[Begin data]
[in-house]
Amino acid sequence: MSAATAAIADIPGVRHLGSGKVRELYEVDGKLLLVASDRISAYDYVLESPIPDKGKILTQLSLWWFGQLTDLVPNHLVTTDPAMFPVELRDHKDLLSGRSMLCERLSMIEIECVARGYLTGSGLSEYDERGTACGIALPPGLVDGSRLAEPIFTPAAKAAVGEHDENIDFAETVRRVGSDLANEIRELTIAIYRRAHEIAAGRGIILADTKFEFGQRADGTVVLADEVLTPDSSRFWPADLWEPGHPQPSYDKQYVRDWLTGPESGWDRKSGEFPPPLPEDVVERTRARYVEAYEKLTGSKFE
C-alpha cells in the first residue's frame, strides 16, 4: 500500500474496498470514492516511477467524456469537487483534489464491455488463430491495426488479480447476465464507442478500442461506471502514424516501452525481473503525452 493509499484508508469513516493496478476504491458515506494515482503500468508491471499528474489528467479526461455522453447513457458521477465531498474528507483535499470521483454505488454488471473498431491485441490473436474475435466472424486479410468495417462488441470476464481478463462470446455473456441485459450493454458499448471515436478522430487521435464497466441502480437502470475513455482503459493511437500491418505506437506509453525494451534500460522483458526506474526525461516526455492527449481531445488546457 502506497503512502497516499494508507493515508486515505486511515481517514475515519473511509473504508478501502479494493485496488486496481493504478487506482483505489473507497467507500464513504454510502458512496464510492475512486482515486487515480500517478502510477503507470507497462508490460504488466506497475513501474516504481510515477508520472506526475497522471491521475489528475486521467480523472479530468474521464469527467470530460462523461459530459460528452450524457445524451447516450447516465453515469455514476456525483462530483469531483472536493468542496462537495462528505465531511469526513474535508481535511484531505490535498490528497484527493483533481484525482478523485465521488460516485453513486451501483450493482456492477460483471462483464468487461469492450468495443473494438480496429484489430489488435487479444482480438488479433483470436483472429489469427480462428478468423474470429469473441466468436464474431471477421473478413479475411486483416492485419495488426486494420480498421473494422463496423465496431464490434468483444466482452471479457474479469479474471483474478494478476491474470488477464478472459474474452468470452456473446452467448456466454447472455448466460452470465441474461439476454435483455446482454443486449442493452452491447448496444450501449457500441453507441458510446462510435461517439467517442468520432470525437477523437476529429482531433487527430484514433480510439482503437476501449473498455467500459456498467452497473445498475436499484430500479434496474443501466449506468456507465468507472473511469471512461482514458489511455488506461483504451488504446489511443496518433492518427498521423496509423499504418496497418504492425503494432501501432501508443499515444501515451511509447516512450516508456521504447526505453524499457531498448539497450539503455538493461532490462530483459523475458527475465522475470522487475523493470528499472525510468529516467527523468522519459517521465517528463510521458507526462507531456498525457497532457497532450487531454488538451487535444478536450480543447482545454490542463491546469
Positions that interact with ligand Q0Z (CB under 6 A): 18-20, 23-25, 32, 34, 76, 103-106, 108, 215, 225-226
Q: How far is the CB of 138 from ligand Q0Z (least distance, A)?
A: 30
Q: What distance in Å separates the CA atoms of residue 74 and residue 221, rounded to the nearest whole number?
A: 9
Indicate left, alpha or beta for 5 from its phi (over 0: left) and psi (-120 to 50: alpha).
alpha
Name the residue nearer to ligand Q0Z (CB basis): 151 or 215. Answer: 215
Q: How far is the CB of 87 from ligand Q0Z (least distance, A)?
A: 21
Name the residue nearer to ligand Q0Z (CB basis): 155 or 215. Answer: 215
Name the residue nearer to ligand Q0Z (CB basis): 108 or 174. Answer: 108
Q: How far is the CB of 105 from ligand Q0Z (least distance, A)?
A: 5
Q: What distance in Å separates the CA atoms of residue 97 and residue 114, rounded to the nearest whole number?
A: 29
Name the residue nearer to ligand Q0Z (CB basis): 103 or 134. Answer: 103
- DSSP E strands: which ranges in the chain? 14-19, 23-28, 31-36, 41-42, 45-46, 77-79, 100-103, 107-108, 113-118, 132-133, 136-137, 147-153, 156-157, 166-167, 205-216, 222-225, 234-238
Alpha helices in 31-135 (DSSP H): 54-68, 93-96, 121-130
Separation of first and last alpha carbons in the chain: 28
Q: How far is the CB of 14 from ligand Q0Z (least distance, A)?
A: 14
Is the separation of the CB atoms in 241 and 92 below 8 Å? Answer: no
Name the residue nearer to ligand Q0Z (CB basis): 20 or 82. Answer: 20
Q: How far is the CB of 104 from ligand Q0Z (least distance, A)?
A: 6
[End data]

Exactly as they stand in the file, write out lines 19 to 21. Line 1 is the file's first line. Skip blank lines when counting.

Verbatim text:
A: 29
Name the residue nearer to ligand Q0Z (CB basis): 103 or 134. Answer: 103
- DSSP E strands: which ranges in the chain? 14-19, 23-28, 31-36, 41-42, 45-46, 77-79, 100-103, 107-108, 113-118, 132-133, 136-137, 147-153, 156-157, 166-167, 205-216, 222-225, 234-238